BANGKOK (AFP) — Bangkok’s criminal court has approved a fresh arrest warrant for the heir to the Red Bull billions accused of a fatal hit-and-run, police said Tuesday, following public outrage after his charges were dropped last month.
Vorayuth “Boss” Yoovidhya was accused of killing a police officer in 2012 when he crashed his Ferrari in Bangkok’s most exclusive neighborhood.
The case dragged on for years and Vorayuth — grandson of Red Bull co-founder Chaleo Yoovidhya and one of the heirs to the family fortune — fled the kingdom in 2017.
Last month, authorities said all charges against “Boss” had been dropped — sparking widespread anger as the Thai public perceived the move as another example of impunity enjoyed by the kingdom’s powerful billionaire class.
The National Police announced Tuesday that the Southern Bangkok Criminal Court had issued a new arrest warrant for “Boss.”
“The three charges on the warrant include reckless driving causing death, failing to stop his car to help the victim and failing to immediately inform authorities, and illegally taking cocaine,” said spokesman Krissana Pattanacharoen.
The news last month that Vorayuth’s charges were dropped despite seven years remaining on the statute of limitations drew outrage among Thais who took to Twitter to launch the trending hashtag #BoycottRedBull.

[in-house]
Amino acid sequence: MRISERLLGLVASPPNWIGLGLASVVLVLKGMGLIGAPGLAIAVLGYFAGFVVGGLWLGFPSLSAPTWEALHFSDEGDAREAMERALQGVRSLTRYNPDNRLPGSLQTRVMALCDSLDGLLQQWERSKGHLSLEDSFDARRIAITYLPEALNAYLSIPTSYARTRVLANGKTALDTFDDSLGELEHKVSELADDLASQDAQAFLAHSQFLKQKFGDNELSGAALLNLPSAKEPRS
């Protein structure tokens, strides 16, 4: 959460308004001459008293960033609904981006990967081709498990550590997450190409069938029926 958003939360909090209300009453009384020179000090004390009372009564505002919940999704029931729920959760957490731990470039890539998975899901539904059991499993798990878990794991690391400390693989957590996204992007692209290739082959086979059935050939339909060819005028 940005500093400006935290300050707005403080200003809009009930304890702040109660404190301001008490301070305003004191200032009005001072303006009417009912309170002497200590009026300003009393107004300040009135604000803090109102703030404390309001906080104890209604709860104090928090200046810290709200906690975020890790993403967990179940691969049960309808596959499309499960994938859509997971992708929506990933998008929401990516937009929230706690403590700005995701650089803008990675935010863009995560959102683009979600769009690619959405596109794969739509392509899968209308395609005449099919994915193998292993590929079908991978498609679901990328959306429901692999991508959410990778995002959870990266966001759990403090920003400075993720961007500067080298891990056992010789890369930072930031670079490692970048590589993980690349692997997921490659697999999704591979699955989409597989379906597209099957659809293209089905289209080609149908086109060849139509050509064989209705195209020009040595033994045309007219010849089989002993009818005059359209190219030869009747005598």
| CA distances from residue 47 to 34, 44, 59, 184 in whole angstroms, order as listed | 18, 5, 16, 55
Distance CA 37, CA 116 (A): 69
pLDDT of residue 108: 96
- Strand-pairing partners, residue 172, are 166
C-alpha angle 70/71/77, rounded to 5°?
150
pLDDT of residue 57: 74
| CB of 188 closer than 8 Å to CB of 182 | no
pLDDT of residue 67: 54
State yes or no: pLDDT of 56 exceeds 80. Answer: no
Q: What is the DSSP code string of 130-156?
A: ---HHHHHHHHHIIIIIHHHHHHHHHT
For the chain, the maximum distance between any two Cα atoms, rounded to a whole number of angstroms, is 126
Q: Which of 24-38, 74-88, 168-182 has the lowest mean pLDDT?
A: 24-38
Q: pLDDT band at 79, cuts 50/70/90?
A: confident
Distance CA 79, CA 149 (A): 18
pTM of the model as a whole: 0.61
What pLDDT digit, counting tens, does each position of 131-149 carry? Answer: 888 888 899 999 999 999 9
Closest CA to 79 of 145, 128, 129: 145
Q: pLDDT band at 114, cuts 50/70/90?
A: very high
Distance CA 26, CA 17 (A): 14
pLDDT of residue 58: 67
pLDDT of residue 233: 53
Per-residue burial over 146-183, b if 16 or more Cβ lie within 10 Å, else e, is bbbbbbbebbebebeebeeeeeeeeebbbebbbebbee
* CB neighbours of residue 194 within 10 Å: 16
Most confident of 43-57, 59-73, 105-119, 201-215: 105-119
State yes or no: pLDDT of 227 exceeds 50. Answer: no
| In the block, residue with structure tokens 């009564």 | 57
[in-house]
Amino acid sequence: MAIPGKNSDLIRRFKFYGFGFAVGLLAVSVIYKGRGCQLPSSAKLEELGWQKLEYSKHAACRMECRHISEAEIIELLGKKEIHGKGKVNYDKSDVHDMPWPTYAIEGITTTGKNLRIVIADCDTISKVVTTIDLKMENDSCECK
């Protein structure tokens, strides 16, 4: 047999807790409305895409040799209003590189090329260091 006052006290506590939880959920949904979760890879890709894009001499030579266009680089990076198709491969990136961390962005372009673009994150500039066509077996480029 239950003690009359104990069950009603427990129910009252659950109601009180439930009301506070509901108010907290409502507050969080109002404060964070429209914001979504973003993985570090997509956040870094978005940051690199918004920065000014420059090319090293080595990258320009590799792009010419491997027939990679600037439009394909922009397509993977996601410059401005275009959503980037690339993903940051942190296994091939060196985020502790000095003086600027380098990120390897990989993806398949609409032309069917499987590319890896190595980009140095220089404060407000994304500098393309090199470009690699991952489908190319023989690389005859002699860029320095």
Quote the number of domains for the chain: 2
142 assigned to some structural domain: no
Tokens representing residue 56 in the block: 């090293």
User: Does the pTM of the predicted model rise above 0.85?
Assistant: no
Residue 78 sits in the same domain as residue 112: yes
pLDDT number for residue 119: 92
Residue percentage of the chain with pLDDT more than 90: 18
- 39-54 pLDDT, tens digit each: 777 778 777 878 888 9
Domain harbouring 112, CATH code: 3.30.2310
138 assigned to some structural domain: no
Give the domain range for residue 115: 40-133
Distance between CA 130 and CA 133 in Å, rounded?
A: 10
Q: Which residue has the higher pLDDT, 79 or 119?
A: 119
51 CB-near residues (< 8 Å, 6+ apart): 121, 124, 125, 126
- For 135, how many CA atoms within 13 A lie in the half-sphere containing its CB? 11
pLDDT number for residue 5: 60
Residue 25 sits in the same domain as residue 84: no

Under growing pressure, the attorney general’s office, police and the prime minister’s office each opened probes into the dropped charges.
It also led to a rare statement by eight members of the sprawling Yoovidhya clan — considered Thailand’s second-richest family according to Forbes — who broke ranks to decry it.
The Red Bull case served as a fresh conduit for anger against Prayut’s administration — which enjoys close alliances with Thailand’s billionaire clans — as it struggles with a flatlining economy due to the epidemic.
Since mid-July, the kingdom has seen near-daily student-led protests demanding for the resignation of the former army chief, an overhaul of the government and reforms to the powerful monarchy.
© Agence France-Presse